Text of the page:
Should you trust your intuition?

At times, we have all experienced intuition. Albert Einstein referred to intuition as a sacred gift with our rational mind as its faithful servant. Some people treat their intuition with respect. Others treat it as meaningless “brain static.”
The voice of our conscious, subconscious, and unconscious mind keeps track of what is going on inside our bodies. It is important that we re-educate our intellect to listen to and respect what we are told by our intuitive voice. It involves trusting your gut-feelings about things and, when appropriate, act on them.
It is difficult to distinguish our intuitive voice from other voices our body uses to tell us what is going on internally. For example, our digestive voice tells us we have heartburn, our muscle voice when we have a tight feeling in our neck, and a skin voice, when an area needs scratching. All these voices can be measured diagnostically. But, because intuition is an entirely subjective phenomenon, only you can attest to its existence.
The intuitive voice is triggered by our conscience, other people’s opinion, past experiences, fears, doubts, and our imagination.  It is our inner dialogue that never sleeps. While taking a shower or eating your morning cereal, you might suddenly get an urge to call a friend with whom you haven’t spoken for several years.  Such an impulse is random and completely illogical.
Psychologists believe that intuition is a “matching game.” The brain takes notice of a situation, does a quick search of our memory files, connects it with an appropriate kind of behavior, and expresses it through our intuition.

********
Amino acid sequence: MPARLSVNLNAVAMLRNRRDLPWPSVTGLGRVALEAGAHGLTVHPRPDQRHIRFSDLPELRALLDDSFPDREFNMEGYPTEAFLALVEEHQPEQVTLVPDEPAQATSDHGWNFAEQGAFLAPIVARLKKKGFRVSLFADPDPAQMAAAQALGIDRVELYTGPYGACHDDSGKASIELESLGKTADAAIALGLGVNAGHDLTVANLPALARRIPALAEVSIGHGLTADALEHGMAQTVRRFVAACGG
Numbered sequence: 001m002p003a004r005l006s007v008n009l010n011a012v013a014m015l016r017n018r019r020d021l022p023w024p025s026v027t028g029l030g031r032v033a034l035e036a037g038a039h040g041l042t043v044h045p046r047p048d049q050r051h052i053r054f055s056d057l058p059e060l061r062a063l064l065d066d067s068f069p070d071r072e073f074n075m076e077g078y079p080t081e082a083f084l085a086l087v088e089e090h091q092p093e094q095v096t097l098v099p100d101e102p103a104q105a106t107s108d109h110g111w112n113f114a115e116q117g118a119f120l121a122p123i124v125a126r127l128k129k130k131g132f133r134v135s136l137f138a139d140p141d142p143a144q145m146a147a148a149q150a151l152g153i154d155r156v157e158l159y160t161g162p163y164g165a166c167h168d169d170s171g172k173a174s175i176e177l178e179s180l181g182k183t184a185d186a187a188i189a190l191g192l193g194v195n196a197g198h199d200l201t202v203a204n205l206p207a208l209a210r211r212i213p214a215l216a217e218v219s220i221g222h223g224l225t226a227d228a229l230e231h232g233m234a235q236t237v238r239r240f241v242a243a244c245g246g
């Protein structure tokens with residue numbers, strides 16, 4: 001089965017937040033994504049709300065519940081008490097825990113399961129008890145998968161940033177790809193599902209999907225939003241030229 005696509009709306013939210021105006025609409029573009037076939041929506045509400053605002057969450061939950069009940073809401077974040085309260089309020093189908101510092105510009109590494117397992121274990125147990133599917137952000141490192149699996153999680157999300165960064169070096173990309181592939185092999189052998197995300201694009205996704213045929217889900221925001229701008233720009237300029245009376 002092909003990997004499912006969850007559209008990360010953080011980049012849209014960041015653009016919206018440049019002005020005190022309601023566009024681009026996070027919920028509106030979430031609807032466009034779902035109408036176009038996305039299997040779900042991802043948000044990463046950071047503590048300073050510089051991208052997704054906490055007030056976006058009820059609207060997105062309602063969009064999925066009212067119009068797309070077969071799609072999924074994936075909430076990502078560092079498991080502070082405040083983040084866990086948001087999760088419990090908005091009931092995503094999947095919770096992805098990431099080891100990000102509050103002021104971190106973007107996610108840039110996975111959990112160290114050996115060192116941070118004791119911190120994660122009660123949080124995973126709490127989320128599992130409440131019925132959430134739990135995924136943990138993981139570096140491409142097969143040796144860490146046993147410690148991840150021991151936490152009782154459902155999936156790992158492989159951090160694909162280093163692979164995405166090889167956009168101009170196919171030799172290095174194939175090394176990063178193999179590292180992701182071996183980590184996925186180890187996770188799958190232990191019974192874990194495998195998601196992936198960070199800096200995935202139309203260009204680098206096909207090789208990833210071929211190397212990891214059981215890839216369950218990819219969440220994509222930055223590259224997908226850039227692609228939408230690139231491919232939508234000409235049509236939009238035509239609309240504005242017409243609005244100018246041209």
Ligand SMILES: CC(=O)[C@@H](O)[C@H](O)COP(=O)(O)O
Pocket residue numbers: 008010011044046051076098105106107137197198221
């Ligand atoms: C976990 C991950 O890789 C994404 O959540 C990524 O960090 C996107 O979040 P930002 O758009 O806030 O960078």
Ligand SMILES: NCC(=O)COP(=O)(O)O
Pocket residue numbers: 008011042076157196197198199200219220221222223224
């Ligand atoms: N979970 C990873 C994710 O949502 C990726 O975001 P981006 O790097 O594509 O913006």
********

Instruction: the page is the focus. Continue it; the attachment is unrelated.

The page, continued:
We do not have to reject logic in order to benefit from our intuition.  We should try to establish a balance between our logic and our instinct. This balance will provide us with all of the brain’s potential resources.
There are three things you can do to enrich the power of your intuition.  First, keep a journal of your inner thoughts.  Even though you think you have little to say, allow your mind the freedom to say anything --- even if it makes no sense.
Second, turn off your inner critic. Don’t rationalize what comes out. Listen without being judgmental or self-deprecating.
Third, find a quiet place, a place where you can allow your emotions to flow freely.  Here you may also want to create an emotional connection with an object, a color, a piece of music or literature--anything that will jump-start your emotions and not have it compromised by logic or rationality.
Until neuroscientists invent a mind-reading machine that can explain the dynamics of intuition, we must trust the messages that our intuition sends us.
- Professor Eisenberg was born in New York City and now lives in Belleair Bluffs. He served in the U.S. Marine Corps in World War II. His career consisted of teaching interpersonal/intercultural communication, public speaking, organizational communication, nonverbal communication, group dynamics, and persuasion at four major universities including Pace University and Manhattanville College in New York. His publications include 19 textbooks on various aspects of communication. Send comments to: aeisenberg3@tampabay.rr.com.
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